In everything we’ve done, we took meticulous measurements, and we matched everything we put back on just as meticulously. It’s very hard to tell we did what we did.”

Additional summer work included replacing clapboard siding on the south end of the building. Lyons noted “The original clapboard wasn’t all the same width and it would have been easier to replace it with uniform clapboard. But we didn’t. We took very careful measurements and put back a perfect match for what had to be replaced.

And then the building had not been painted in 10 years or more. We had money enough to do that—and made extensive preparations before we painted. I can’t tell you how much scraping and cleaning we did before painting, but it was a lot.
I even managed to free up some of the windows that, over the years, had been painted shut.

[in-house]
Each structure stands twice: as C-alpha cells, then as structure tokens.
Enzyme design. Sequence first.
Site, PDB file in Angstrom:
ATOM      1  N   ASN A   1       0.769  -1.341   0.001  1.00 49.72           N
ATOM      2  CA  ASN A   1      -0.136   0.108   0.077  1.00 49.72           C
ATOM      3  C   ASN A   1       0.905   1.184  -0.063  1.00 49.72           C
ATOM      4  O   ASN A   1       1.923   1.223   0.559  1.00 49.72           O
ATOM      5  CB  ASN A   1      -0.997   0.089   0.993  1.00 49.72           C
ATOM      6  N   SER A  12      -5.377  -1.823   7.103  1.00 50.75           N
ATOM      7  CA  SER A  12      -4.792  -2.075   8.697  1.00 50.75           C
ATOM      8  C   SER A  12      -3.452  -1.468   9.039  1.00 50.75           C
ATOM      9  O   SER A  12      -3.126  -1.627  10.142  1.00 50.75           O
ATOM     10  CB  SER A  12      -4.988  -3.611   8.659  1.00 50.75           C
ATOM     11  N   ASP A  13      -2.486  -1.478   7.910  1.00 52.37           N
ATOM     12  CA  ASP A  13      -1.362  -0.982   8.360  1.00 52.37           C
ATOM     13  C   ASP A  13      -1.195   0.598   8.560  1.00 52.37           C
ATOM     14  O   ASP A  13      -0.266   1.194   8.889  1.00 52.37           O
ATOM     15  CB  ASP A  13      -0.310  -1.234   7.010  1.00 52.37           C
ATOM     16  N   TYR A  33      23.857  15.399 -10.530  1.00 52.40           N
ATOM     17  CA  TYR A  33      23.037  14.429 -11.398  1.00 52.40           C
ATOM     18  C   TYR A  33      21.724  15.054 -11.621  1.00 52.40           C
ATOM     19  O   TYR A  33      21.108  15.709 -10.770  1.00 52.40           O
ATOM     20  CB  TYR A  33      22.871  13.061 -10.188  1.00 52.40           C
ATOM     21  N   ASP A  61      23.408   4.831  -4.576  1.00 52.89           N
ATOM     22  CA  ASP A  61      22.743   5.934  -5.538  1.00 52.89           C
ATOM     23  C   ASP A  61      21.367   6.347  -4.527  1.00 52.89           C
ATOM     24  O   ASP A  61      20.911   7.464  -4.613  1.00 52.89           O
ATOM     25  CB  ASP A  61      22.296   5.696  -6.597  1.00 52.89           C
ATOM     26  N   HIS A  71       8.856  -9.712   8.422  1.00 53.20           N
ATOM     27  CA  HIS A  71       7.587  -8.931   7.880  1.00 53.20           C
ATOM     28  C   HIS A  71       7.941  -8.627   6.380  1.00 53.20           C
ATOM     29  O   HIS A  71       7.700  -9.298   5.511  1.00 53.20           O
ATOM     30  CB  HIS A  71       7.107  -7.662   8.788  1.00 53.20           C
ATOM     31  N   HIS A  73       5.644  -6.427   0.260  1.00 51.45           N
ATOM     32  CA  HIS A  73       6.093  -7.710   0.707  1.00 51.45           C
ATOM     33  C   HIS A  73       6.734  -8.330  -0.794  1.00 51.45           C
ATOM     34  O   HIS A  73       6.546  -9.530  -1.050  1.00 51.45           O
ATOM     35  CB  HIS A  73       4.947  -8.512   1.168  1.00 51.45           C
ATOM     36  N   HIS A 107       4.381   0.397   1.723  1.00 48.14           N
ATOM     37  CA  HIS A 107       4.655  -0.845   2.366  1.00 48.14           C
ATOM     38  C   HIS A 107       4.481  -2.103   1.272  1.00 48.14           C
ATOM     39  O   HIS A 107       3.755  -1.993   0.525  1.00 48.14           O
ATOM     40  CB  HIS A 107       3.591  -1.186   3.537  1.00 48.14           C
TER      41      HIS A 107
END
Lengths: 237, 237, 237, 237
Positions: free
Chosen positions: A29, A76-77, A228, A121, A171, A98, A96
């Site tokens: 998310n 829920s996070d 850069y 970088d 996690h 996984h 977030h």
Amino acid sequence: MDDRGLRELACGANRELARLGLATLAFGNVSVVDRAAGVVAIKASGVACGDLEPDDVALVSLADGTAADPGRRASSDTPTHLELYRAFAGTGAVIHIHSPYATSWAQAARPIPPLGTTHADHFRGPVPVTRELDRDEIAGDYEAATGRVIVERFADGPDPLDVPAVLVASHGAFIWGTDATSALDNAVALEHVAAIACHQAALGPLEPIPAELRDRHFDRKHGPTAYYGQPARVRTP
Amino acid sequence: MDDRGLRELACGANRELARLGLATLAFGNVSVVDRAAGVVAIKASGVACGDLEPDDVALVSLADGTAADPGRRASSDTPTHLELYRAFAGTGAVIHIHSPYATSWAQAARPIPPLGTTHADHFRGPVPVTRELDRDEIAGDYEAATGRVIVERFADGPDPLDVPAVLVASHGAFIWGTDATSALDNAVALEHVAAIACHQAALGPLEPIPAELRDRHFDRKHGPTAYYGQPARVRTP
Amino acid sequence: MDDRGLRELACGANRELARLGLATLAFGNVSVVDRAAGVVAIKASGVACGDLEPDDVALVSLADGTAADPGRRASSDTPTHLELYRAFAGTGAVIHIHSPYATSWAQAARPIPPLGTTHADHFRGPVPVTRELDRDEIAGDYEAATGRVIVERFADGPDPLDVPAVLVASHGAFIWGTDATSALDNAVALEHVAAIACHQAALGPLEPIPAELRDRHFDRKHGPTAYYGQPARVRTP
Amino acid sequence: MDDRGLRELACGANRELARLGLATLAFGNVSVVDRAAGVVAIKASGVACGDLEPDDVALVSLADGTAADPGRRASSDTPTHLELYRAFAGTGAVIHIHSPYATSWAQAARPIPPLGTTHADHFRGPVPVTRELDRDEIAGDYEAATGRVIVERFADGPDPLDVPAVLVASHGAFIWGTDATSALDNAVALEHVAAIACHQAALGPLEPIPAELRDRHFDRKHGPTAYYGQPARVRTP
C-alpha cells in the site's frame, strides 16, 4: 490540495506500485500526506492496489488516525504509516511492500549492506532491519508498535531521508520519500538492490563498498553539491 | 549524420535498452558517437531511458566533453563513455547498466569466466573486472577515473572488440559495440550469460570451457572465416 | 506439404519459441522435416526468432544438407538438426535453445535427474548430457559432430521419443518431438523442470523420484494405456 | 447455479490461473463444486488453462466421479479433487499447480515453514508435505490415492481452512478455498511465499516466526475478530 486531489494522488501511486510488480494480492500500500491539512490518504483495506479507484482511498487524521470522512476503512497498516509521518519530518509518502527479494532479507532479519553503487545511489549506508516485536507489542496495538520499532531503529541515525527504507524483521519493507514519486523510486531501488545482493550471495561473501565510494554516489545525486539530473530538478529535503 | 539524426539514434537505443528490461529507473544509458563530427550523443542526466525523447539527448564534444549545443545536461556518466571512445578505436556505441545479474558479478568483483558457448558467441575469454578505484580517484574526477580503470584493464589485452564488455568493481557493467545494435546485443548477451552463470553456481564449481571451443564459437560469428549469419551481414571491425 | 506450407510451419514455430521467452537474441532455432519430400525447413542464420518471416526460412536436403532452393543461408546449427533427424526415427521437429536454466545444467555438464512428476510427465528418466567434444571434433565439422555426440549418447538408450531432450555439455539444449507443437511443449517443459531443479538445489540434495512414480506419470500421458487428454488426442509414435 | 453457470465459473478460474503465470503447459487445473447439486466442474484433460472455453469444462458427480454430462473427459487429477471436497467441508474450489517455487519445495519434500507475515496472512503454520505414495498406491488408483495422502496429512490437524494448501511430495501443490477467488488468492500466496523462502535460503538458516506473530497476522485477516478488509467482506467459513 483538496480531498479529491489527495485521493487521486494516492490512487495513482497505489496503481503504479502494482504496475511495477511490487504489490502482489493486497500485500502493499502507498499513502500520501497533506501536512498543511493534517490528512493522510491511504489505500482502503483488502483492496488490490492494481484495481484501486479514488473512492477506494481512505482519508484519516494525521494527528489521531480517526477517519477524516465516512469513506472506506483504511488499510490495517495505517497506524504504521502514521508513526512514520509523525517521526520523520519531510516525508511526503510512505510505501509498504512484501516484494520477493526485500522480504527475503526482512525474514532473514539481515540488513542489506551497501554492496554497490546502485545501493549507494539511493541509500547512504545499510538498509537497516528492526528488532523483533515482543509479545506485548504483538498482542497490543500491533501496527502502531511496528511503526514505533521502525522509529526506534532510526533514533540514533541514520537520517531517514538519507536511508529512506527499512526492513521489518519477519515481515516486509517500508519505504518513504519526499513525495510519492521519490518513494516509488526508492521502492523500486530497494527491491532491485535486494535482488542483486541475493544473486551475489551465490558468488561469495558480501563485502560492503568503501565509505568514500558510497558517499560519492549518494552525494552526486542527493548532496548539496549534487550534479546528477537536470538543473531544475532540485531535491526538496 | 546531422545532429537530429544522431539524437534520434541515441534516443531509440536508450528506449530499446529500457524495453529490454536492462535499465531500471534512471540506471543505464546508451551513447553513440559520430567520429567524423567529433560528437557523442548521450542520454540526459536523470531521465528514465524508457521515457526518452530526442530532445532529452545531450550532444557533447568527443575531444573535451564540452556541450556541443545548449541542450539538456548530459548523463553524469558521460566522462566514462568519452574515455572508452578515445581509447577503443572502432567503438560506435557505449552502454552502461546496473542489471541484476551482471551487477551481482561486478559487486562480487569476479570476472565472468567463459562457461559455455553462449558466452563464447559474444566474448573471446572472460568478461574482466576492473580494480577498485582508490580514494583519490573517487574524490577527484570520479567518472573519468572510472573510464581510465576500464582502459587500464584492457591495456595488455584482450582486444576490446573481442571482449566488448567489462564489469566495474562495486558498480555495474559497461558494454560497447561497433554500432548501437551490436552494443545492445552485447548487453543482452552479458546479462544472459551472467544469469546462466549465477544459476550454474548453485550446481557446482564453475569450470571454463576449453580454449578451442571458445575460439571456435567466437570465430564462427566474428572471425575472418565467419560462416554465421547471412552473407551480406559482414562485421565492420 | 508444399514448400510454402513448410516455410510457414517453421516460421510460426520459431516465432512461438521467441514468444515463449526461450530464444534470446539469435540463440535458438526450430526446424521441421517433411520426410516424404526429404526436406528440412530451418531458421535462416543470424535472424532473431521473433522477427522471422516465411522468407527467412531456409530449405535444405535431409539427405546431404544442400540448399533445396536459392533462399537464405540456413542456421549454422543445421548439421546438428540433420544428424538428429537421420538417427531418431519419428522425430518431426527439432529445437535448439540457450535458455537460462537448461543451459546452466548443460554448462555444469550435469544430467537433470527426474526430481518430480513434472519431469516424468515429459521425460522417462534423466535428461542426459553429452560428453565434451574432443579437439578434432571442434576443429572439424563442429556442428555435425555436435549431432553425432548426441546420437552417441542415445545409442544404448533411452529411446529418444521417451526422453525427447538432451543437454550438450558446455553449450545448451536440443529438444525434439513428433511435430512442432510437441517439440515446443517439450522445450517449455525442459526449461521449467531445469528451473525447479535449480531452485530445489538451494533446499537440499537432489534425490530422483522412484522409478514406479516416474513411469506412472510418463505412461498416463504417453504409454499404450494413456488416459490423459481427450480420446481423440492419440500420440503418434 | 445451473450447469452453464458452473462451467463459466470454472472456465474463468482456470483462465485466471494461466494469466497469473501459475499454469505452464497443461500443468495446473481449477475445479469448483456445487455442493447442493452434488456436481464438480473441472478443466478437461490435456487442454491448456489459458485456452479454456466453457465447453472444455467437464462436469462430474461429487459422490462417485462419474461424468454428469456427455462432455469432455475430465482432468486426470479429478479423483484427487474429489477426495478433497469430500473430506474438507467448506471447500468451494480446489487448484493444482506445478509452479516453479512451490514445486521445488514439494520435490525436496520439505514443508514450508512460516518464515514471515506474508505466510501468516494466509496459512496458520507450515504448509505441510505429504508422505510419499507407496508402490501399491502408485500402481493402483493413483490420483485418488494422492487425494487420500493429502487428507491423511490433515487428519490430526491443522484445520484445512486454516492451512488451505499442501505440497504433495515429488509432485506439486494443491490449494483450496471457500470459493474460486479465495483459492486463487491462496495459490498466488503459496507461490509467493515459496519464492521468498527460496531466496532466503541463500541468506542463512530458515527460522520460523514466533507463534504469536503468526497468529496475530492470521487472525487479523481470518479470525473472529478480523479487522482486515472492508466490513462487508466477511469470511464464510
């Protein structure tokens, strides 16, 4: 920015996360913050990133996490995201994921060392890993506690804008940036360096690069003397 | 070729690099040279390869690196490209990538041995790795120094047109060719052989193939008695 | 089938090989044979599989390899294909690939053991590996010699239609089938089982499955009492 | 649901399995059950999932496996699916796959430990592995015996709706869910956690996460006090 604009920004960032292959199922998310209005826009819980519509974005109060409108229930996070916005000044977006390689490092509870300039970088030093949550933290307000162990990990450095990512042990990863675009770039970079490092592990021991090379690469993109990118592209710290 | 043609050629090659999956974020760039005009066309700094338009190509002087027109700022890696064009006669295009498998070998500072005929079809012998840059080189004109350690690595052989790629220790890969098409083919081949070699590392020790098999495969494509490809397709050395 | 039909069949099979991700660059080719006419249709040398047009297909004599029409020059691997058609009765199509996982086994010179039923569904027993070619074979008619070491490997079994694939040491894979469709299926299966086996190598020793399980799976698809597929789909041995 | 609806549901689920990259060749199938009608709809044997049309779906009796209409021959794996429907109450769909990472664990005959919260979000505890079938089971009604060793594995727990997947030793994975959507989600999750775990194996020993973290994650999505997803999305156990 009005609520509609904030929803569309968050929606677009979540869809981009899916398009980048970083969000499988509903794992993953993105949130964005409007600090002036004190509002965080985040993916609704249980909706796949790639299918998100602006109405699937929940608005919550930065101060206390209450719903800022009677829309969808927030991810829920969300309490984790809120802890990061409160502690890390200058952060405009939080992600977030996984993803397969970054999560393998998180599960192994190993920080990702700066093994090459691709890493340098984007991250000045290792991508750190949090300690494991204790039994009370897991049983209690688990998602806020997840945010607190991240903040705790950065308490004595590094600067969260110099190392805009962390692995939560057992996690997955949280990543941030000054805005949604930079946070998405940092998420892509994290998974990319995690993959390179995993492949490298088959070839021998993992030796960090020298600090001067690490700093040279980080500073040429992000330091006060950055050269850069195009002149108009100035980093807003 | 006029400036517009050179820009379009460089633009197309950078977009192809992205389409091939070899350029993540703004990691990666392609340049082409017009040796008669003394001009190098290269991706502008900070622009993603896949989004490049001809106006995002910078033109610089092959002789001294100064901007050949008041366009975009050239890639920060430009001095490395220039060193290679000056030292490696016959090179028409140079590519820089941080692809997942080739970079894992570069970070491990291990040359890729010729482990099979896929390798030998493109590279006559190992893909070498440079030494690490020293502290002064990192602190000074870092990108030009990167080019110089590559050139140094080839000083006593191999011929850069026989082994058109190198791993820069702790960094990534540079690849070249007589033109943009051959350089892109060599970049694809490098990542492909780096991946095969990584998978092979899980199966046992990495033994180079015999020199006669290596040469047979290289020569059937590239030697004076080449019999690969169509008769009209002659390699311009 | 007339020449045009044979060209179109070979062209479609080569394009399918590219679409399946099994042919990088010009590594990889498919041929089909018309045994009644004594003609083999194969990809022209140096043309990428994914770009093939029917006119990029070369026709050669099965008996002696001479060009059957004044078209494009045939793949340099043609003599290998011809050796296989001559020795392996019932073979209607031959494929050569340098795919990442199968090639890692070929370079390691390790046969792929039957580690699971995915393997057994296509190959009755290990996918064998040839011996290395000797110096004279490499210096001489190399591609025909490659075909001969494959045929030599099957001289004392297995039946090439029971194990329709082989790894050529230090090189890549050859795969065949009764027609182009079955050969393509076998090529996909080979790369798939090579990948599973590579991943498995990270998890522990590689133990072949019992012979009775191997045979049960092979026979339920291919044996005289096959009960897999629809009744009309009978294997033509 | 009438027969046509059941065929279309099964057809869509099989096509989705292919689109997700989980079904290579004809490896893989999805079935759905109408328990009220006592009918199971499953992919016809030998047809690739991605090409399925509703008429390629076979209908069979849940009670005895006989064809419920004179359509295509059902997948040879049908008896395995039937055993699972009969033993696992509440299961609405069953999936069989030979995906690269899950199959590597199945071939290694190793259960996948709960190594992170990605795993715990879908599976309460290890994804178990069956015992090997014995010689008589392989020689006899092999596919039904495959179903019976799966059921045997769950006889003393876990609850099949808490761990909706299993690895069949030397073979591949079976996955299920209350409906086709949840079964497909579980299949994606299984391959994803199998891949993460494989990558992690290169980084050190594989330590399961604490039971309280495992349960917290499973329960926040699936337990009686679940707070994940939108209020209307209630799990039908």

Basically, what we’ve don up to this point is make the building weather-tight and improve its appearance.”
The Sons have plans for the next major job – which is restoring the interior – and no money. “I think right now we have about $16” Parks said.

On the interior, several layers of wallpaper have begun to peel. Lyons, Parks and Pahl would like to remove it to the plaster. “We’d like to repair the plaster – it clearly needs it in some places – and then repaper in what was first used, or as near to it as we can find”, Lyons said.

“We could take a short cut and just paint it after we repair the plaster but that wouldn’t be as nearly correct. We want to match the vintage wall-paper. Work has to be done on the floors, woodwork, windows, and kitchen. The whole inside, really”, he said.
He, Parks and Pahl estimate the work they want to do will cost between $1,500 and $2,000. While they would like to begin the interior work next spring, they have to raise the money first.